So with that in mind, the next part of our presentation will elaborate further on a topic that I’ve hinted at a little bit throughout this evaluation of the different benchmarks, and that’s the challenges that are associated with benchmarking these strategies at the total portfolio level.

And so for that, I will turn it over to Erik to cover this section for us.

Okay. Perfect. Thanks, Katherine. So given that low volatility strategies are generally a small piece of a much larger pool of assets, we’ll now switch gears a little bit to talk about the use of these strategies in the context of a broader multi-asset portfolio.

First off, it’s important to note that there are many reasons why an investor could choose to use low volatility equities in their portfolio, whether it’s to reduce that overall risk in the portfolio or to be able to reallocate that risk elsewhere. However, in this example, we look at a scenario where an investor is adding low volatility equities to be able to take on more equity exposure overall in their portfolio.

So beginning with a traditional 60/40 portfolio in Portfolio A, low volatility equities are added to Portfolio B in order to increase that equity weight within the portfolio to 75% while generally maintaining their expected risk and return profiles, as was the case in Portfolio A.

In this scenario, we’ve also blended low volatility equities with traditional equities, which is an approach we’ve seen many investors take when incorporating these strategies, given some of the diversification benefits which we’ll touch on shortly in the presentation here.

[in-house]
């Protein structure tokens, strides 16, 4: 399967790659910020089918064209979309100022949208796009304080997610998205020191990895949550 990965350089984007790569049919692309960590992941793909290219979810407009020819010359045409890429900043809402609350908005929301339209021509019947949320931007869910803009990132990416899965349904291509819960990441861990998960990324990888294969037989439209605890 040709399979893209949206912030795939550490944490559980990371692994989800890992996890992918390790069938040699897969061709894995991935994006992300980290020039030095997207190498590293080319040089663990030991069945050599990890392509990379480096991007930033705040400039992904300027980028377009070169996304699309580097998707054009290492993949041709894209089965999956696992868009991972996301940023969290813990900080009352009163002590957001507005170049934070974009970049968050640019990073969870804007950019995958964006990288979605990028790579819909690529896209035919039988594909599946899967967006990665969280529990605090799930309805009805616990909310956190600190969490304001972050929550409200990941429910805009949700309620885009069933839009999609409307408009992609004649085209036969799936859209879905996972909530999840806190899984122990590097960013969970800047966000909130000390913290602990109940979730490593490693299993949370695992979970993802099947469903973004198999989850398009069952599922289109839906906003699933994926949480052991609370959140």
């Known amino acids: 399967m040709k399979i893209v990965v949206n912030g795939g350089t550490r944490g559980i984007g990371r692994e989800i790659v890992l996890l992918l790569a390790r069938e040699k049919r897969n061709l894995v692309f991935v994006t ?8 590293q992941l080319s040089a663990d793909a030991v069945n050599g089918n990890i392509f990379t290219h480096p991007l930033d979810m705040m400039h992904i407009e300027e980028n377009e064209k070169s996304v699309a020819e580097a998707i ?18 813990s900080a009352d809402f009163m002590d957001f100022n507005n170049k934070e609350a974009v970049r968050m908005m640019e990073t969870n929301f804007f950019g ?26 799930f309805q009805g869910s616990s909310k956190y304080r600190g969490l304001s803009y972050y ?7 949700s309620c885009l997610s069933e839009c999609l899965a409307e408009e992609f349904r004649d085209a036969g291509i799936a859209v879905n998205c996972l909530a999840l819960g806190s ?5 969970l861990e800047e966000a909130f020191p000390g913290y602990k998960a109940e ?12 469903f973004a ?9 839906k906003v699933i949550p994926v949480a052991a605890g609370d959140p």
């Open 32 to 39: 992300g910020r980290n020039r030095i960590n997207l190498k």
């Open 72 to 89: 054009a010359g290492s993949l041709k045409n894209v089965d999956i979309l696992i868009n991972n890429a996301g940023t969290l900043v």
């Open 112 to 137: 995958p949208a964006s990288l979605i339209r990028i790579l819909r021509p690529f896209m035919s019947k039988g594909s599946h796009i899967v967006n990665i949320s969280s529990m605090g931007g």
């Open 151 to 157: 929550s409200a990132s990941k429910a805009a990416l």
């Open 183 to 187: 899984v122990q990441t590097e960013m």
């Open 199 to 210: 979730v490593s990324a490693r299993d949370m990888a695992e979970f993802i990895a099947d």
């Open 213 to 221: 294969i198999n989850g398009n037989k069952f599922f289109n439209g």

But to look at this scenario and compare how these two portfolios have done on the following page, we can see the performance over the past two years for these two hypothetical portfolios here. As we’ve discussed and as Paul mentioned previously, the past two years have been one of the most challenging periods of performance for low volatility equities versus those broader equity markets. However, we find here that Portfolio B, which incorporates those low volatility equities, would have actually outperformed Portfolio A given its higher weight to the equity markets more generally at 75% during a time in the equity markets when equity markets were recovering quite rapidly from the pandemic environment as we know.

So, from this perspective, just comparing Portfolio A to Portfolio B, we could conclude that the decision to move into low volatility equities has been a beneficial one.

However, although Portfolio B did outperform Portfolio A in this example, if we take that a step further and look at how Portfolio B would have performed versus a revised benchmark consisting of 75% broad market equities, which matches that new asset mix of Portfolio B, we see significant underperformance during this same period, thereby painting a much different picture regarding the outcome of the decision to move from Portfolio A to Portfolio B.

And really what this goes to show is that conclusions of success can vary pretty significantly depending on the benchmark being used, and it’s another reason why it’s important to evaluate these decisions through multiple lenses and to choose a benchmark that’s aligned with the intention of the strategy more specifically that’s being selected within the portfolio.